In honor of Black History Month, Object of the Week will feature artworks from SAM’s collection that explore Black art and artists. Black lives matter every day of the year, but this month is a particular opportunity to celebrate the accomplishments and legacies of Black leaders in civic and cultural life. Exploring and reflecting on the past and present of Black lives is one important way to continue to imagine better futures. Here’s the second of four reflections from four different SAM voices on one artwork and what it means to them.
There are images that have become synonymous with the pandemic years: boarded shop windows, deserted streets, protests, and tear gas, to name a few. Seattle was a center for it all, and there remain some remnants of that turbulent first year of the pandemic around the city. Still, we possess a collective anxiety. We have bruises on our hearts and souls from the images of violence and injustice; The feeling of powerlessness that came from being trapped inside and glued to our screens. It wasn’t safe to go out, but inside was a cycle of mania.
These feelings are aggressively and powerfully rendered in Untitled Anxious Bruise Drawing (2021) by Chicago-based artist Rashid Johnson (b. 1977). He portrays the anguish, frantic energy, and damage of the upheavals of 2020 with sustained, forceful brush strokes until the paint thins to a faint wisp. A series of boxes with confused, startled eyes. Mouths blurred in motion. Oscillating from dense to light, black and blue. The unraveling chaos is contained by rough edges, where strokes of paint find their way out of bounds. With the same curatorial intent of modern media, we’re viewing a selection of the multitude of blue cells. All wavering, unnerved, and anxious. There’s more beyond what we see; truths we have yet to acknowledge.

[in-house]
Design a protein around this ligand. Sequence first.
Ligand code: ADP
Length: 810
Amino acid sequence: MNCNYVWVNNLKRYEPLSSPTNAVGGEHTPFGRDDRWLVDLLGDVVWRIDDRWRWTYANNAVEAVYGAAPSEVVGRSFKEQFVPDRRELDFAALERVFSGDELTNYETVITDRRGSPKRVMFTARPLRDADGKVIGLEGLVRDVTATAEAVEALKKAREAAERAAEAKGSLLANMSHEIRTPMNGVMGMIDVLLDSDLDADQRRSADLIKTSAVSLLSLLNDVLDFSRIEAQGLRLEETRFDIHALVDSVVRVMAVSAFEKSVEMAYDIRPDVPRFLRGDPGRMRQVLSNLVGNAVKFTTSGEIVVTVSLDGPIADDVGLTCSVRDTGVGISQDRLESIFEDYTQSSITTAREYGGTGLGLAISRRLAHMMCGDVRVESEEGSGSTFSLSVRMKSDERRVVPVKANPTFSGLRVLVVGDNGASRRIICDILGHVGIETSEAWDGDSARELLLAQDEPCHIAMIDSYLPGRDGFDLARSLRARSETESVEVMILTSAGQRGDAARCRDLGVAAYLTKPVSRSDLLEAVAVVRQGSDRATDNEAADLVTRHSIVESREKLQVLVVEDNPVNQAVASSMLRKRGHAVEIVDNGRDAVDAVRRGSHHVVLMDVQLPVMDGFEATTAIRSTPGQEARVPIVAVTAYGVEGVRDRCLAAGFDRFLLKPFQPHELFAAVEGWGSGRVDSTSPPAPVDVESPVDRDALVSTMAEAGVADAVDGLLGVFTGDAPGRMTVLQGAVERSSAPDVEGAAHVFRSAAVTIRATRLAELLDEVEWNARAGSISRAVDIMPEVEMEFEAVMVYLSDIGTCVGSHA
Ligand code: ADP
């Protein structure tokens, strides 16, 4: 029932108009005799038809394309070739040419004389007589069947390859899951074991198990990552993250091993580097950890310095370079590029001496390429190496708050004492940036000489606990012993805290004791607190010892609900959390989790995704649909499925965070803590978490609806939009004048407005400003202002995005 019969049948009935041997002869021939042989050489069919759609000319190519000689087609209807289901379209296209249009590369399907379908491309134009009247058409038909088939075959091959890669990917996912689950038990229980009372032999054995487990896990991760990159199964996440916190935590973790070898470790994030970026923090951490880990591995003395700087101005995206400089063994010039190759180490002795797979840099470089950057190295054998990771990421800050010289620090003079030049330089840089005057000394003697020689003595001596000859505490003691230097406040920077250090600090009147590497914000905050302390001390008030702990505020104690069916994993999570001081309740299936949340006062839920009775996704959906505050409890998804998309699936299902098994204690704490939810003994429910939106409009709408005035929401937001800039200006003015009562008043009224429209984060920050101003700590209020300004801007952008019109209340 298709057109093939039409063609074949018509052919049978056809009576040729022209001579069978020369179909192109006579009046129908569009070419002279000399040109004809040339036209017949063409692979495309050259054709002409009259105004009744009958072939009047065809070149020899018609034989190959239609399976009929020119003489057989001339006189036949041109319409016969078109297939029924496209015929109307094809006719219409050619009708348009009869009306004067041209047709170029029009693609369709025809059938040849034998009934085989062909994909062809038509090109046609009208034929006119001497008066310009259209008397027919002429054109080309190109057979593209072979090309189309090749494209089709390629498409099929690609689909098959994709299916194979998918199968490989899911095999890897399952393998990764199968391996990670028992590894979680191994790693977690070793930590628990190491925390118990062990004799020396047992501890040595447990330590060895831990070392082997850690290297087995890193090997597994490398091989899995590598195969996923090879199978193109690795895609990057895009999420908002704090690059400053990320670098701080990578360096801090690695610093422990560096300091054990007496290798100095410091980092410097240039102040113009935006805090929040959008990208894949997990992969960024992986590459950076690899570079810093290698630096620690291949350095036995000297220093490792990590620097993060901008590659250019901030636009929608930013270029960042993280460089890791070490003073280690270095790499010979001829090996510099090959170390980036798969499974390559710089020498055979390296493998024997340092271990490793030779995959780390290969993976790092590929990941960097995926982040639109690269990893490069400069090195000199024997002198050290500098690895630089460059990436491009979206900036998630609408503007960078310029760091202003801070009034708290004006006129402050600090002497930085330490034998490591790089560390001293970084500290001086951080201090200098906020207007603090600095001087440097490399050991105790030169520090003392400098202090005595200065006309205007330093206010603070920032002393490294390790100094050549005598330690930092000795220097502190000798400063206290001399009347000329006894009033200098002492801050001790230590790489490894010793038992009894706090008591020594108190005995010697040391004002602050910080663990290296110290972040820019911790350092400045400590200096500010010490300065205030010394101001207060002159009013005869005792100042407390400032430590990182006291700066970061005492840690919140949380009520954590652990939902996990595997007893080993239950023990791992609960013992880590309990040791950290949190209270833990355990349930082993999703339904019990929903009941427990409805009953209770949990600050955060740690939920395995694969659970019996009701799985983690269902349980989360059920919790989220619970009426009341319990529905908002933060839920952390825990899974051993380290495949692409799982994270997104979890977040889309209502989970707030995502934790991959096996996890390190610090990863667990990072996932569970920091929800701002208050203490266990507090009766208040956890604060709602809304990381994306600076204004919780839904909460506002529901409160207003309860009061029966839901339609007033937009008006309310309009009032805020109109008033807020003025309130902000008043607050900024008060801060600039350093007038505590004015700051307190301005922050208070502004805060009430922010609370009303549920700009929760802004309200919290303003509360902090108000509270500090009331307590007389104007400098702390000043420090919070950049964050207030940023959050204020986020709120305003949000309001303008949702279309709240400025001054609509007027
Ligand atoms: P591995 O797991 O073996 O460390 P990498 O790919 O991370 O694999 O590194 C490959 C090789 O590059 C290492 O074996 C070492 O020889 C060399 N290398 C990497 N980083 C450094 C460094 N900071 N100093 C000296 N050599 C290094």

The unjust experiences of Black people in America continues to be a bruise on the national consciousness. It’s often difficult to talk about or relate to, although art can provide a conduit. With Untitled Anxious Bruise Drawing, there’s a possibility of relation, of realization, and even relearning. Johnson boldly carries the torch proclaiming that the arts have a role to play in confronting the past for a better future.
Acquired for the museum’s collection in 2022, Untitled Anxious Bruise Drawing is now on view as part of Reverberations: Contemporary Art and Modern Classics, which explores the idea of artistic exchange across generations.
– Jason Nail, SAM Visitor Experience Lead
Photo: Scott Leen.
Celebrate Black History Month in Seattle with these suggested events and additional resources.
Art Now on View
- Howard L. (GATO) Mitchell: Forgive Us Our Debts at Seattle Art Museum
- Call to Conscience Black History Month Museum at Columbia City Theater
- Nina Chanel Abney: Fishing Was His Life at the Henry Art Gallery
- Work by Kriston Banfield, Bonnie Hopper, Sable Elyse Smith, and Amanda Howell Whitehurst at Wa Na Wari
- The Art of Byron Stewart, Robert Horton and Tsehaye Afewerki at Gallery Onyx
- Contact High: A Visual History of Hip-Hop at MoPOP
- From the Ground Up: Black Architects and Designers at MOHAI; curated in collaboration with the Black Heritage Society of Washington
Events and Resources
- Thu Feb 16: Black History Month Keynote Program with Dr. Damion Thomas, Smithsonian’s National Museum of African American History and Culture Curator of Sports at Northwest African American Museum
- Black Business Directory from the Urban League of Metropolitan Seattle
- Local Heroes in Black History (and the Landmarks Named for Them) from the Seattle Public Library
- 28 Films for the 28 Days of Black History Month by film scholar Maya Cade